It is one hundred percent acceptable––even encouraged!––to put your imagination to work when it comes to putting up spiderwebs and that twelve-foot skeleton that sold out immediately and became an instant internet meme. We want to be extra spooky during the month of October … but only to our neighbors. Our readers? Not so much. This week, I’ll talk about things that will scare away readers and how to avoid these mistakes.

1) Typos and poor grammar

While even books published by big-name traditional publishers occasionally have mistakes, readers expect books to be nearly flawless. If your manuscript is full of typos and grammar mistakes, readers will not take you or your book seriously, no matter how great your story. It is difficult to review your own manuscript, so I always recommend hiring a professional copyeditor or keeping an eye out for an all-encompassing publishing package that includes a built-in editing service.

2) A poorly developed story

Sometimes authors feel rushed to meet a deadline or lose track of the direction of their book. If you’re like me, the most punishing deadlines of all are the ones I create for myself, independent of what’s going on in the world. If elements such as plot, characters, setting, organization, and voice aren’t properly developed, a book will leave readers disappointed. Since an author is attached to a story and knows in their mind how it is supposed to read, it is always best to have someone else review every story destined for publication. Consider hiring a developmental editor or ask trustworthy friends, family, and colleagues to provide feedback.

3) A generic cover

Despite the cliché “Don’t judge a book by it’s cover,” readers decide whether or not to purchase a book at least partially based on the cover. Rather than using stock photos or artwork, I highly recommend spending extra for a personalized book cover that is professional and that captures the essence of your book. As with editing services, graphic design is a demanding process and often well-worth the financial investment of searching out assistance from someone who knows exactly what to look for.

I’d love to know, have you ever been spooked away from purchasing a book? What pushed you over the edge?

You are not alone. ♣︎

Do you have ideas to share? Please don’t hesitate to drop us a line in the comments section, below.

ABOUT ELIZABETH JAVOR: With over 20 years of experience in sales and management, Elizabeth Javor works as the Director of Sales and Marketing for Outskirts Press. The Sales and Marketing departments are composed of knowledgeable publishing consultants, customer service reps and book marketing specialists; together, they all focus on educating authors on the self-publishing process to help them publish the book of their dreams. Whether you are a professional looking to take your career to the next level with platform-driven non-fiction or a novelist seeking fame, fortune, and/or personal fulfillment, Elizabeth Javor can put you on the right path.

Self-Publishing News: 10.13.2020

And now for the news.

Highlights from this month in the world of self-publishing:

If you haven’t yet gotten into the world of podcasting as either a listener or creator, 2020 may just be the year to do so! One of our weekly contributors (Kendra M.) is something of a book-related podcast fiend, and pointed us to this recent podcast episode put out by Book Riot‘s children’s book show (they have many, which is why we’re being so specific here) Kidlit These Days, hosted by Matthew and Nicole. The episode in question is titled “Self-Publishing and Getting It Right,” and you can listen to it on the Book Riot website (linked here) or on most of the other podcatchers out there (Spotify, Apple Podcasts, Soundcloud, and etc.). The conversation about self-publishing really gets going at about the 8:40 mark. While Kidlit These Days focuses most frequently on books for younger readers (young adult and younger), their conversation on self-publishing is worth listening to no matter who you’re writing for.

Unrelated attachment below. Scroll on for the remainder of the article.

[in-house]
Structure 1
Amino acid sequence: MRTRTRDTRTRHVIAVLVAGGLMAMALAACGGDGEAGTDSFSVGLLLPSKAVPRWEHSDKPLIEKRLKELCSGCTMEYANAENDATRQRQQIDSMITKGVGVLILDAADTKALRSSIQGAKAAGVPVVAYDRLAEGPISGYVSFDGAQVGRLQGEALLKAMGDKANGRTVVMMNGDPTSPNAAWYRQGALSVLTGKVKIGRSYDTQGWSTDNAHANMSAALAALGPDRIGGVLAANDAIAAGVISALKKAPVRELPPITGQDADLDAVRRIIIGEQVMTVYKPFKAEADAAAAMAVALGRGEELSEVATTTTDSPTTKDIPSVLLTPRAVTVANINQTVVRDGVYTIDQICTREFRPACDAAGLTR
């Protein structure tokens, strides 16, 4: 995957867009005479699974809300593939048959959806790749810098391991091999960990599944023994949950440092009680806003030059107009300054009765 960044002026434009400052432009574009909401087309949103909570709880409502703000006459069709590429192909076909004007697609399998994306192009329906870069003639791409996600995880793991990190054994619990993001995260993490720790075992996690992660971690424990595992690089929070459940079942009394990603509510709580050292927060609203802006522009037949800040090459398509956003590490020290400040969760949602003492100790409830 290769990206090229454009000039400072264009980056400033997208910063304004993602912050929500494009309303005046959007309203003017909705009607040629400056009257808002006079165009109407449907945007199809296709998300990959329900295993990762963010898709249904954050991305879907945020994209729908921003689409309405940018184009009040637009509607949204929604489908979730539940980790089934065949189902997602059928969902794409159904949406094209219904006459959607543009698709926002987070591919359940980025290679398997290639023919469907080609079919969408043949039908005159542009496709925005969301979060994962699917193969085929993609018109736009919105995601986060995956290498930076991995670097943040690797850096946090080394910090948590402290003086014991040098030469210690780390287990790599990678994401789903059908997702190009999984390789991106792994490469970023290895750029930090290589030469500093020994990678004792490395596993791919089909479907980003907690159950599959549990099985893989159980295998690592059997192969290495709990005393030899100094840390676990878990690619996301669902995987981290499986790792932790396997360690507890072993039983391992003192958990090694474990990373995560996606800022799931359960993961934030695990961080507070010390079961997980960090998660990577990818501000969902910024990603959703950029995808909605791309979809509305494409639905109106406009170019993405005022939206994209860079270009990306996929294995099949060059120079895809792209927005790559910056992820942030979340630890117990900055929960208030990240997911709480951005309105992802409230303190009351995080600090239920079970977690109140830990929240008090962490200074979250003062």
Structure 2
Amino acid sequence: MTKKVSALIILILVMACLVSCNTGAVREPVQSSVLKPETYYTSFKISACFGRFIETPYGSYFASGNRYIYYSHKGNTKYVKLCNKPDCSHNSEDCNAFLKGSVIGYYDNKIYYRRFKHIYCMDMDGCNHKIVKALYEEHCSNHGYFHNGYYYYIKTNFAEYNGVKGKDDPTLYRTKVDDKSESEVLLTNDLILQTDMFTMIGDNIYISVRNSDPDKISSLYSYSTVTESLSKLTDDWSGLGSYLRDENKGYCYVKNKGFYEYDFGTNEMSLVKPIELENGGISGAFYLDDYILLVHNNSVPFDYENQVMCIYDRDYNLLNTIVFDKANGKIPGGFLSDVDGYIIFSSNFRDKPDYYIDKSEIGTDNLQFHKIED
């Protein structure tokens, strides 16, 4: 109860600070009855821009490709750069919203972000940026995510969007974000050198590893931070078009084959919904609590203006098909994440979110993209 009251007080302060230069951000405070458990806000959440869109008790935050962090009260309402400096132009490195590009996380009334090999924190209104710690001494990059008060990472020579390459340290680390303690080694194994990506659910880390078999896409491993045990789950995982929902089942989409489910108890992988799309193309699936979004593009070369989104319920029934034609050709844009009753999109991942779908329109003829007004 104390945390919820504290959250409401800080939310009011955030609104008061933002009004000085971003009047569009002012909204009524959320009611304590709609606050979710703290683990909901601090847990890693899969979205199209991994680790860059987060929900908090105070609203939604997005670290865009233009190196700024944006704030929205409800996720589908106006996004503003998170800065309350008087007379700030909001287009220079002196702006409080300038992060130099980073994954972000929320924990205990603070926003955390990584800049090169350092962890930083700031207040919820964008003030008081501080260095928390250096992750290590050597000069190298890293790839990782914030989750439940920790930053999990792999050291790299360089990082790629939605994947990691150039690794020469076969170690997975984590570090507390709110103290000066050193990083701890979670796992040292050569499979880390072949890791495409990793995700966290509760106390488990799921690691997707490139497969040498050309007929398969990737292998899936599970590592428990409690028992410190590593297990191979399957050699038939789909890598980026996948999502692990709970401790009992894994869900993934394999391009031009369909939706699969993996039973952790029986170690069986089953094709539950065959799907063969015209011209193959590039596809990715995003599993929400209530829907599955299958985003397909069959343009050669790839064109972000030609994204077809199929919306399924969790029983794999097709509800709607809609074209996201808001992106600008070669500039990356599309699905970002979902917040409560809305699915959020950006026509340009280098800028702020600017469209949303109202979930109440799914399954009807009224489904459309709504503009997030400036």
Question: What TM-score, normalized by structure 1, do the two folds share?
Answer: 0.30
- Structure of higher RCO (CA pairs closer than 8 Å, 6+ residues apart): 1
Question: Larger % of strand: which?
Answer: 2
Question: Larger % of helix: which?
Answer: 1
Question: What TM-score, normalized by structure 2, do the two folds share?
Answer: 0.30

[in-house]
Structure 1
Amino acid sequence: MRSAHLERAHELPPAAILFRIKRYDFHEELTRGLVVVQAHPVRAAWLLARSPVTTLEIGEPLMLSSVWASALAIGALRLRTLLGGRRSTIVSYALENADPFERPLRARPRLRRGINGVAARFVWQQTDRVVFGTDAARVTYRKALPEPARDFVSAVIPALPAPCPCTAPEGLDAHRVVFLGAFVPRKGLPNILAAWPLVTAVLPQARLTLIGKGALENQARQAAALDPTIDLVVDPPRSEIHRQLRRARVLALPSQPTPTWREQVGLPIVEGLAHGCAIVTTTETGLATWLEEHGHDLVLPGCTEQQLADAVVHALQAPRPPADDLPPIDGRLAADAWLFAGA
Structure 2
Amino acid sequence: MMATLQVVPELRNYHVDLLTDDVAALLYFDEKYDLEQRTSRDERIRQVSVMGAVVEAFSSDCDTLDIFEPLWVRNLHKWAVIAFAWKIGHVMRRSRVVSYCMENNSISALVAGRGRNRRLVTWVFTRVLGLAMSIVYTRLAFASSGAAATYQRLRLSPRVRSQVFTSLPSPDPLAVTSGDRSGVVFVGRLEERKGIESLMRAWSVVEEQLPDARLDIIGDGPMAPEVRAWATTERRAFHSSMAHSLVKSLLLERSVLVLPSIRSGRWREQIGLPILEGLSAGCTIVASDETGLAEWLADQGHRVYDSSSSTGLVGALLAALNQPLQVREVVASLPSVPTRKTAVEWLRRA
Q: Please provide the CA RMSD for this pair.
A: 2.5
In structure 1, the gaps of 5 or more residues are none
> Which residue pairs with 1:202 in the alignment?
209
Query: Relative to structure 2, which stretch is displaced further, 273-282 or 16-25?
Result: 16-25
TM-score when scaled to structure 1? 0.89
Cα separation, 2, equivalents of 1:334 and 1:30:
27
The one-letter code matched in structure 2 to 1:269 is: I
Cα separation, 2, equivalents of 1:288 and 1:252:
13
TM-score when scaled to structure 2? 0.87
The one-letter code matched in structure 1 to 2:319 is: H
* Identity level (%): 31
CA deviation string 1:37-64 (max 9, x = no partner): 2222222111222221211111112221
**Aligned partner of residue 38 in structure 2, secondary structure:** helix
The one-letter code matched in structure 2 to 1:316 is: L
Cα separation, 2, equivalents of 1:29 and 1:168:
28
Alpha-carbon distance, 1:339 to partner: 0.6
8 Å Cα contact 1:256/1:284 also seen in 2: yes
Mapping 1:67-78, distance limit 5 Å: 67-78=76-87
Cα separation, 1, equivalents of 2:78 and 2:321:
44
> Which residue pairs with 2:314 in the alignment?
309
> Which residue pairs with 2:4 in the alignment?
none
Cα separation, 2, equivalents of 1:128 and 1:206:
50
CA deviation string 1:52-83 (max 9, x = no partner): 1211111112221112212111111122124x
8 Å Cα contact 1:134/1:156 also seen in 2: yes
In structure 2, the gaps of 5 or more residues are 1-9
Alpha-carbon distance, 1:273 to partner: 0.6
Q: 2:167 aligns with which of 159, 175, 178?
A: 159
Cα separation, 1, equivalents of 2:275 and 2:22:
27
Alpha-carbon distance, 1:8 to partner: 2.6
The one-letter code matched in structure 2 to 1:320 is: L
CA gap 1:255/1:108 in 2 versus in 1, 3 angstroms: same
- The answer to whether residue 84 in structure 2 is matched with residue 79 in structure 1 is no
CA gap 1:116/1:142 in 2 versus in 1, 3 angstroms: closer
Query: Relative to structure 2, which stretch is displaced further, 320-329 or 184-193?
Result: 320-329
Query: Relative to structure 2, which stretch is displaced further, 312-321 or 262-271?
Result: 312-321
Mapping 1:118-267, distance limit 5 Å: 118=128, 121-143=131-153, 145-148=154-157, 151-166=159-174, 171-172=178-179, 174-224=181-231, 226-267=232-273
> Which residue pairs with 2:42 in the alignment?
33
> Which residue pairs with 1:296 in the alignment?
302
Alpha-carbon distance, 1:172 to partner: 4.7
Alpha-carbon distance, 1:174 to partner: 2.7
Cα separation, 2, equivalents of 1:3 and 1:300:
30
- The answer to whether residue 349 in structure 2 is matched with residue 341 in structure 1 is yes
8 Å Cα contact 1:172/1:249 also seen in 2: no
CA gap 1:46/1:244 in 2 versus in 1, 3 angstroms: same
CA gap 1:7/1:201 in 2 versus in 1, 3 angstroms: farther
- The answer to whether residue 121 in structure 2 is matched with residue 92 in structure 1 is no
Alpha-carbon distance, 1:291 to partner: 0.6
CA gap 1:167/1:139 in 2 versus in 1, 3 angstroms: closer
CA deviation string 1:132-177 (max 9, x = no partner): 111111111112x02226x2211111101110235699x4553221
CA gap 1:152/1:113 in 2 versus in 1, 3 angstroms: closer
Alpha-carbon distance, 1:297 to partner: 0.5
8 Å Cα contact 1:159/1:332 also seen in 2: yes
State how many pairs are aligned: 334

In a recent opinion piece for the Arkansas Democrat-Gazette, Philip Martin describes a personal experiment with self-publishing: “As an experiment, I recently self-published a book through Amazon’s Kindle Direct Publishing e-book publishing service. It cost me exactly nothing, because I designed the cover and formatted the text.” Apart from some annoyances specific to Amazon advertising, he writes, the process was straightforward and easy. He goes on to note that “Most of my favorite books from the past few years have been from presses I’d never heard of before I received the book. The digital disruption of publishing has had some negative effects […] but for a consumer, it’s a good deal.” His piece is informed by his work as a critic whose career has included many a review of the printed page, and who is now surfing the wave of transition into the brave new world of mixed indie and traditional medias, in print and on digital platforms. It’s great to see this take added to the list of author and reader thoughts on the subject.

This article by Sassafras Lowrey for Publisher’s Weekly blew us away this week. PW has often included positive reflections on self-publishing in the past, but mostly contextualized within a larger conversation about its merits in comparison to the traditional model. Writes Lowrey, “My biggest wish is that self-published authors could stop apologizing directly or indirectly for the ways in which their books came to be in the world. […] The most important thing for the success of a book is that the author has confidence in whatever publishing decisions are being made—especially if the decision is to self-publish.” Like many authors, Lowrey has dabbled in both modes of publishing, and she’s eager to advocate for the merits of self-publishing independent of how it may or may not compare to what’s come before. She tackles issues pertaining to diversity and representation, creative control, royalties, and much more. We can’t recommend reading the full article enough.

If you’ve ever wondered what the big deal is with zines or are curious about the possibilities zines offer the self-publishing author, we have some good news! This year the Twin Cities Zine Fest (TCZF) is going digital as a result of the-virus-that-shall-not-be-named, and that means you can participate no matter where in the country you happen to be––an unexpected bit of good news to offset some of the grimness out there. According to this press release,